Which brings me back to the other point about NSLs I keep harping on. The 2014 NSL IG report showed that the FBI was not reporting at least 6.8% of their NSLs, even to Congress, much less to the Inspector General. When asked about that, FBI said an accurate number was really not worth trying to do, even while it admitted that the uncounted NSLs were “sensitive” cases — a category that includes journalists (and politicians and faith leaders).

That means there’s at least a decent possibility that some of the NSLs the FBI chooses not to report to either Congress or the Inspector General — in spite of the clear legal obligation to do so — are of journalists.

Given that they’ve been hiding this unclassified NSL policy under a dubious claim of privilege, that decent possibility seems all the more likely.

Marcy has been blogging full time since 2007. She’s known for her live-blogging of the Scooter Libby trial, her discovery of the number of times Khalid Sheikh Mohammed was waterboarded, and generally for her weedy analysis of document dumps.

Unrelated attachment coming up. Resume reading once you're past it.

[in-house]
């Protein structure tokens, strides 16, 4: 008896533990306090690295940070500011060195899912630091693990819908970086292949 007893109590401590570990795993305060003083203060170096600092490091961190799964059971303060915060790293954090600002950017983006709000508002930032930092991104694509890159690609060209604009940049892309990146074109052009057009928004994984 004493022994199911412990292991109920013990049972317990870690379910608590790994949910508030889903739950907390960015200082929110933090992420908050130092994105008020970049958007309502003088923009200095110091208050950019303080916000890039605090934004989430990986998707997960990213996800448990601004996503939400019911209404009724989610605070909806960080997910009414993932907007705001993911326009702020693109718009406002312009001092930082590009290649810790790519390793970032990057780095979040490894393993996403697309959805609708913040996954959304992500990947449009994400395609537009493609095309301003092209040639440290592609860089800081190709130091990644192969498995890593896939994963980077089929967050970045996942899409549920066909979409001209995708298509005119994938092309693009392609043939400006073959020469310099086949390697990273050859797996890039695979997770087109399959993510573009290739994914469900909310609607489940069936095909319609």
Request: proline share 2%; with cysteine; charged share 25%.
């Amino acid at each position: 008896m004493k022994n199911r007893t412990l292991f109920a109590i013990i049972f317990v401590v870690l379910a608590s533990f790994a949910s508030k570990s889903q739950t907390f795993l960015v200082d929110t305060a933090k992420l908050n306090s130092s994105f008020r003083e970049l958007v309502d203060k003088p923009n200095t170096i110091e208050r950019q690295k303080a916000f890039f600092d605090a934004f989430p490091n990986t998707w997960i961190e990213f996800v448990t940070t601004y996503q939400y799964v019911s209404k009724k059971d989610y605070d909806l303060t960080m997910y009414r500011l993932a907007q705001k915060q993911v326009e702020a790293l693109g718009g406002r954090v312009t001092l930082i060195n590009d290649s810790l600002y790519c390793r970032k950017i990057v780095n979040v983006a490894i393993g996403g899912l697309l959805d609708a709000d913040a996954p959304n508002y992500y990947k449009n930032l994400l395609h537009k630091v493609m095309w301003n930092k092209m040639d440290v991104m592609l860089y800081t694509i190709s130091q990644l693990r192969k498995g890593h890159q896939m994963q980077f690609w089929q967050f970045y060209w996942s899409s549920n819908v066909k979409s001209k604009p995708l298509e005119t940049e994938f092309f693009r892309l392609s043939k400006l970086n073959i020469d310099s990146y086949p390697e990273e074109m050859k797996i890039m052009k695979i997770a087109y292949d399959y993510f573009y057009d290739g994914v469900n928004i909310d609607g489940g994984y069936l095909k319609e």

Marcy Wheeler is an independent journalist writing about national security and civil liberties. She writes as emptywheel at her eponymous blog, publishes at outlets including the Guardian, Salon, and the Progressive, and appears frequently on television and radio. She is the author of Anatomy of Deceit, a primer on the CIA leak investigation, and liveblogged the Scooter Libby trial.

Marcy has a PhD from the University of Michigan, where she researched the “feuilleton,” a short conversational newspaper form that has proven important in times of heightened censorship. Before and after her time in academics, Marcy provided documentation consulting for corporations in the auto, tech, and energy industries. She lives with her spouse and dog in Grand Rapids, MI.

4 replies
  1. martin says: